Regarding the original album, I rather like some of the non-chronological edits (perhaps just because I grew up with them), don't understand some of the sequencing decisions. But those issues aside, it shows one of the side effect problems that album edits may have, even when their re-sequencing works: There's some cool, worthwhile material that was left off the original album, which is only presented as bonus tracks on the new release. And while that's better than nothing, it doesn't really work at that point in the programme. It has that distinct bonus track feeling (like Conveyor Belt on AOTC), doesn't quite seem to belong to the programme proper.

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Nah, if they can't be bothered to officially make if available in my country, why should I jump through hoops.

I too like the suite format quite a lot. It's the bizarre sequencing of those suites that's always bothered me.

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I'm such a huge fan of the film and score that I'm actually contemplating buying the extra cues for once -- if nothing else because of curiousity's sake. Not necessarily as part of the original album program (which is perfect, IMO), but I can always have them as bonus tracks at the end or something. It's one of those rare cases where there is somewhat of a cross-over appeal for me.

Thor, you do realize a lot of score expansions present bonus tracks at the end of the original album arrangement, right?

It'd be interesting to hear your rebuttals against Elfman himself, in regards to the 25th Anniversary Burton set. He says on multiple occasions that he didn't know why he left certain music out and is glad to be able to include it now. Even favoring the C&C presentation for Pee-Wee's Big Adventure and The Nightmare Before Christmas, saying it's really the only proper way to experience the latter.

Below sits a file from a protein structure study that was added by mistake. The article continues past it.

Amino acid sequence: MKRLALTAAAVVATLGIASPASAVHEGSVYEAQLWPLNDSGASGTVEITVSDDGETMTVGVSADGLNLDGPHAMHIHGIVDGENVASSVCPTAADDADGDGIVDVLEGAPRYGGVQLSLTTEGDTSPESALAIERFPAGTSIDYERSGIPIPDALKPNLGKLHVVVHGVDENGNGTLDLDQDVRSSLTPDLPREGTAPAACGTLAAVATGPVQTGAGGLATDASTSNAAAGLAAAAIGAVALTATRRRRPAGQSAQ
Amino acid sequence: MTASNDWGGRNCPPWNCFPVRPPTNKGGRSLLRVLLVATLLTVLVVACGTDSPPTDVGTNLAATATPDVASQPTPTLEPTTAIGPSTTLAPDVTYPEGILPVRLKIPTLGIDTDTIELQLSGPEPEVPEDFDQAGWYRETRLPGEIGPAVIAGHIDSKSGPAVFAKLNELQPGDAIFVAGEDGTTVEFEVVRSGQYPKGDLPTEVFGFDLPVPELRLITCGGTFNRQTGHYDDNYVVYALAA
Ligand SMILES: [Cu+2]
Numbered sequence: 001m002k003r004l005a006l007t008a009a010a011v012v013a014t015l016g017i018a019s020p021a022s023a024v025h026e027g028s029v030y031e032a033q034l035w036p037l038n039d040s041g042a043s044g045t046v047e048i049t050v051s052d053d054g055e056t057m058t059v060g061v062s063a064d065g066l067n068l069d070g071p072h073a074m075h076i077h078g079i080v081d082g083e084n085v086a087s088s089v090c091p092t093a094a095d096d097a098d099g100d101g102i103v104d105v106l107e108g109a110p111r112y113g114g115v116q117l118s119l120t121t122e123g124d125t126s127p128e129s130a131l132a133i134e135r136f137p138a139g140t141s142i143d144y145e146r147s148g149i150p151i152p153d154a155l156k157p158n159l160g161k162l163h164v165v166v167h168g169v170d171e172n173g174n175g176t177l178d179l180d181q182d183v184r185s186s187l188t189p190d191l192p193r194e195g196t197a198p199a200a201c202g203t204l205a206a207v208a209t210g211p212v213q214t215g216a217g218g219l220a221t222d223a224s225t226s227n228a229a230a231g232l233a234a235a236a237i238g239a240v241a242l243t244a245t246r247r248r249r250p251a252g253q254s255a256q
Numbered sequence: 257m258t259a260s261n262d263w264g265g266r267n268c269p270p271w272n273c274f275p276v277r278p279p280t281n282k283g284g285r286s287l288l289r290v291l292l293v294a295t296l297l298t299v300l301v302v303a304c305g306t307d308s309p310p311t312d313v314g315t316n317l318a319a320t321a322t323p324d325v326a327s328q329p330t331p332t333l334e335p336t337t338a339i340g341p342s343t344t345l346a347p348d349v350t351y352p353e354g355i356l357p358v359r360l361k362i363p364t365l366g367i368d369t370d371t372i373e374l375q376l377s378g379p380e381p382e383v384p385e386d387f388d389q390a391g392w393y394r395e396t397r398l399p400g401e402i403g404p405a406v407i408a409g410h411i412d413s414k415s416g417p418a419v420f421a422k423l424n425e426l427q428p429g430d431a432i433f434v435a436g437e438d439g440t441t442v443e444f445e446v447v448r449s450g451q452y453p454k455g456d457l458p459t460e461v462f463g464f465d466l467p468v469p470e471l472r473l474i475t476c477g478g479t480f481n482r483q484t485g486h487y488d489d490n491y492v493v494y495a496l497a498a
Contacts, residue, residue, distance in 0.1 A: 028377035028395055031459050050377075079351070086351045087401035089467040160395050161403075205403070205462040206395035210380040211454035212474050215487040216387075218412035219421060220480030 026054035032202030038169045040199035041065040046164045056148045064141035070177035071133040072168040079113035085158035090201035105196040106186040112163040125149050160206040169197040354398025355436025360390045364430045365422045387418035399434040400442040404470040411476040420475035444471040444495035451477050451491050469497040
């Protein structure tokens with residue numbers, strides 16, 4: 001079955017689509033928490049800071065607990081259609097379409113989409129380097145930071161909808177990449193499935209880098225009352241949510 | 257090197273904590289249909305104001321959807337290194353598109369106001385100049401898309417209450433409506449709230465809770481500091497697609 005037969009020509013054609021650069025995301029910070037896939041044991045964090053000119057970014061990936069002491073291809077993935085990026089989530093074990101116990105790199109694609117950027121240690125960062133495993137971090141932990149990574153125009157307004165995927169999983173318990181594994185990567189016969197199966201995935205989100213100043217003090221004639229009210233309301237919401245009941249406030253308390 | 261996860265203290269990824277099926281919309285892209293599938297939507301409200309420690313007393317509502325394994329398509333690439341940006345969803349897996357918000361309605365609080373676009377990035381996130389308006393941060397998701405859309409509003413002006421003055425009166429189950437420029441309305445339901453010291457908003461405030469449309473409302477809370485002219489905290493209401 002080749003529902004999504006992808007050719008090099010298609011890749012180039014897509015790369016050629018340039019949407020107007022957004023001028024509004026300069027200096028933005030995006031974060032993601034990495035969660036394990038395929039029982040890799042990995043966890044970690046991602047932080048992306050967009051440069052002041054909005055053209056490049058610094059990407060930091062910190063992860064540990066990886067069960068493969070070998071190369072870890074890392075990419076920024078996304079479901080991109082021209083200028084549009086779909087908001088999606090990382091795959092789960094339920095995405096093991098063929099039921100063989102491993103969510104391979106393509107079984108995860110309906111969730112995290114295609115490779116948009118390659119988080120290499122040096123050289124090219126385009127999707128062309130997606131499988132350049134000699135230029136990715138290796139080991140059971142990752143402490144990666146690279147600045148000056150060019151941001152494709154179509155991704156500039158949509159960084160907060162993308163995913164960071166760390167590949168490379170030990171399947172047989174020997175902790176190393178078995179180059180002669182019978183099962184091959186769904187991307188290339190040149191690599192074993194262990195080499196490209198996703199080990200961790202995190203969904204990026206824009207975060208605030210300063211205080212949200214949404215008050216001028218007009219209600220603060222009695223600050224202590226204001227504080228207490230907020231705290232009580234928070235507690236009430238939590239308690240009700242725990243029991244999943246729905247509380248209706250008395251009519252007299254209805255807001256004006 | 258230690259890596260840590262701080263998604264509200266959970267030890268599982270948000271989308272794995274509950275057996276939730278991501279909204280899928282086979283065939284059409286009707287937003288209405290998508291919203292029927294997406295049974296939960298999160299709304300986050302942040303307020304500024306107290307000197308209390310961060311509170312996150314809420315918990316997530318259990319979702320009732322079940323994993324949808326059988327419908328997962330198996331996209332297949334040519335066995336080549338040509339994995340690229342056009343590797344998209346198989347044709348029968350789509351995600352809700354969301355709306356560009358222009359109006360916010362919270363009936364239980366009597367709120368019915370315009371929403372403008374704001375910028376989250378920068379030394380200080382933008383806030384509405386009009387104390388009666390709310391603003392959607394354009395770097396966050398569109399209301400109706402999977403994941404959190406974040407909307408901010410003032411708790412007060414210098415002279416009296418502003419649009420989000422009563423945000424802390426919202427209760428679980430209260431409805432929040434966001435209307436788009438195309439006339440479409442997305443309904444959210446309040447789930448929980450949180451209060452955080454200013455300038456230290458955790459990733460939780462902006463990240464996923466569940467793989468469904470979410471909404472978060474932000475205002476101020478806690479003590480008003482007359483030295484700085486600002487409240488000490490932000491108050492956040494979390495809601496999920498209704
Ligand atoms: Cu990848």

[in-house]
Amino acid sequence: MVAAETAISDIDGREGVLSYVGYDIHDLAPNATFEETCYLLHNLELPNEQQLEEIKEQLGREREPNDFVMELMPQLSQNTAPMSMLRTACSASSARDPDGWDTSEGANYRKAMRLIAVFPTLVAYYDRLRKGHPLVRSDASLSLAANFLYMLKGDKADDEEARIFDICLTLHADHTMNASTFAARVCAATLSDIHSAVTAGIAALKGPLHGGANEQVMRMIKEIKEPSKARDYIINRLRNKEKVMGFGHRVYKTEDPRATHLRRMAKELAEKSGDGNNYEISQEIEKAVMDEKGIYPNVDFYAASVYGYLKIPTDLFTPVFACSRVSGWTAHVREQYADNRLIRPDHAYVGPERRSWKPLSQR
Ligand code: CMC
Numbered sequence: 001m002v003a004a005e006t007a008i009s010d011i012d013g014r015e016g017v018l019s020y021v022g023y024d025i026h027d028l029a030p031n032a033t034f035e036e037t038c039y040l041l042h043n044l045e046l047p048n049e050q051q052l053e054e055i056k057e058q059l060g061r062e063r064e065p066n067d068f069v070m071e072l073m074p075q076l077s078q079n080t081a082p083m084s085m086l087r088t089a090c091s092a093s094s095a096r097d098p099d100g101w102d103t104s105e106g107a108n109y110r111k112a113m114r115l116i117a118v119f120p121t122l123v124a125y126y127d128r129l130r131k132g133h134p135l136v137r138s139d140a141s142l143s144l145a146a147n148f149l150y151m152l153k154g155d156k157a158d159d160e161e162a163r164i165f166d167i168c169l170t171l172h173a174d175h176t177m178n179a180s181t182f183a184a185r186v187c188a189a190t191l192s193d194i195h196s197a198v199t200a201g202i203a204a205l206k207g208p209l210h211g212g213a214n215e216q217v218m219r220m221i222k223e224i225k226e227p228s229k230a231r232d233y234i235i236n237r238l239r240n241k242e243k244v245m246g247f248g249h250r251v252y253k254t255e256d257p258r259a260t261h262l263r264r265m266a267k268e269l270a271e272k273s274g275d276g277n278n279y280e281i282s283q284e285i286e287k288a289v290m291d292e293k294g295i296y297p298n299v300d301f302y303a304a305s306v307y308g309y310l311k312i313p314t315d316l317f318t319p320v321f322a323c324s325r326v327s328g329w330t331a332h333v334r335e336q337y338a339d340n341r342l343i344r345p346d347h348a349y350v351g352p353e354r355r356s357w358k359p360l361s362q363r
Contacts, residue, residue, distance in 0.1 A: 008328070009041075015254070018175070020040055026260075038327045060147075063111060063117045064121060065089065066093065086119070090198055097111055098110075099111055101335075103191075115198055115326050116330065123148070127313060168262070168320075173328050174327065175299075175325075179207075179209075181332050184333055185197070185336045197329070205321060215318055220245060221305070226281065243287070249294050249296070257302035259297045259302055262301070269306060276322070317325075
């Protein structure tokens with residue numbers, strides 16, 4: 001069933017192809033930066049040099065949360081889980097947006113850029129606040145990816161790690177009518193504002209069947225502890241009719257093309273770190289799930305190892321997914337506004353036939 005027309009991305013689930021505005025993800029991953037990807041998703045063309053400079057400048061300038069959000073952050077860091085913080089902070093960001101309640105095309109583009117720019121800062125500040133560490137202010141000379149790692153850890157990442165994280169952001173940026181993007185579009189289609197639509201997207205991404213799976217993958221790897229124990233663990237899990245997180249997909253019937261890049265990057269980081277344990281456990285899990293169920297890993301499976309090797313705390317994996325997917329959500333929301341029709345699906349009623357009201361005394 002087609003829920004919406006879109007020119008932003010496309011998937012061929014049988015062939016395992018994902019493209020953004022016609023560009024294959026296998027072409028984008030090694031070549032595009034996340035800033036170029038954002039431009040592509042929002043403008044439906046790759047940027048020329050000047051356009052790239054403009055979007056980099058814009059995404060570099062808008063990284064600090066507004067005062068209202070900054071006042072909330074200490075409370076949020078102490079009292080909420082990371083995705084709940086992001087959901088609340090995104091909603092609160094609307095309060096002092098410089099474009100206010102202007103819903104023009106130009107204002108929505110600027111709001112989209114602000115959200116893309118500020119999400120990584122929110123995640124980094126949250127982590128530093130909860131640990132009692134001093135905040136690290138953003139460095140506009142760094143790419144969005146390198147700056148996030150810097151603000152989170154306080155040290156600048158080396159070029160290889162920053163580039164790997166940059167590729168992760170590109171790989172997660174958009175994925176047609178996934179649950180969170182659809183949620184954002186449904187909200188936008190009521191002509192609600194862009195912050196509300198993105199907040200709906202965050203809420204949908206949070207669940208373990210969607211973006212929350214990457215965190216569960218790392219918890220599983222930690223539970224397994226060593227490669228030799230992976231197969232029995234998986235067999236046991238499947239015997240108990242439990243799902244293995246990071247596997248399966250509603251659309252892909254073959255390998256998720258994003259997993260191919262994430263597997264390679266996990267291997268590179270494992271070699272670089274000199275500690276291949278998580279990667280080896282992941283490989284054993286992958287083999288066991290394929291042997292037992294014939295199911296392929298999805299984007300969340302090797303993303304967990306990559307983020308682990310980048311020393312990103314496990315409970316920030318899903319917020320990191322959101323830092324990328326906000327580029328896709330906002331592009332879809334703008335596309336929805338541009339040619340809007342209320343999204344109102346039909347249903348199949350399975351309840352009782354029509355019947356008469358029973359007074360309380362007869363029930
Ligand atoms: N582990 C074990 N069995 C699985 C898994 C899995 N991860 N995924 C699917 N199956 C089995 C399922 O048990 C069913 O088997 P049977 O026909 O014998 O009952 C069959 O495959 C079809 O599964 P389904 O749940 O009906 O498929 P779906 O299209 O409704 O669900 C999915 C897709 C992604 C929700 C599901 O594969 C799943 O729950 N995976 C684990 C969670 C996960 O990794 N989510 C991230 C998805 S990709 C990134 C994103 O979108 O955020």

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I'm not criticizing his opinion. But he's always said that he likes albums because of the artistic wishes of the composer to create a listening experience away from the film. Just curious what he thinks of one of his favorite composers saying complete and chronological is the best listening experience.

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You can try buying it at HDTracks. Non-US people have had varying success with it. Apparently, they're actively blocking some countries, but only passively blocking others - I had no problems once I realised that I don't have to use the country selection drop down box when using PayPal.

There's one thing I've not thought of before:

The tracks are not available here yet because the films' release date is still a month away (23rd of August, to be exact).

Karol

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There's one thing I've not thought of before:

The tracks are not available here yet because the films' release date is still a month away (23rd of August, to be exact).

Certainly. I assumed that was the reason... which still doesn't guarantee that the soundtrack will officially become available here along with the film.

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I'm not criticizing his opinion. But he's always said that he likes albums because of the artistic wishes of the composer to create a listening experience away from the film. Just curious what he thinks of one of his favorite composers saying complete and chronological is the best listening experience.

Well, I've seen interviews where he says the opposite too. In fact, in usual self-critical fashion, he has said about this set that he doesn't understand the need to get all the music (and all the demos etc.), but once the project was on -- based on his agent Richard Kraft's initiative -- he obviously had to support to that. Still, if he does prefer the C&C approach, that's fine by me. I'll just have to disagree with him on that and enjoy the albums that he DOES produce as listening experiences.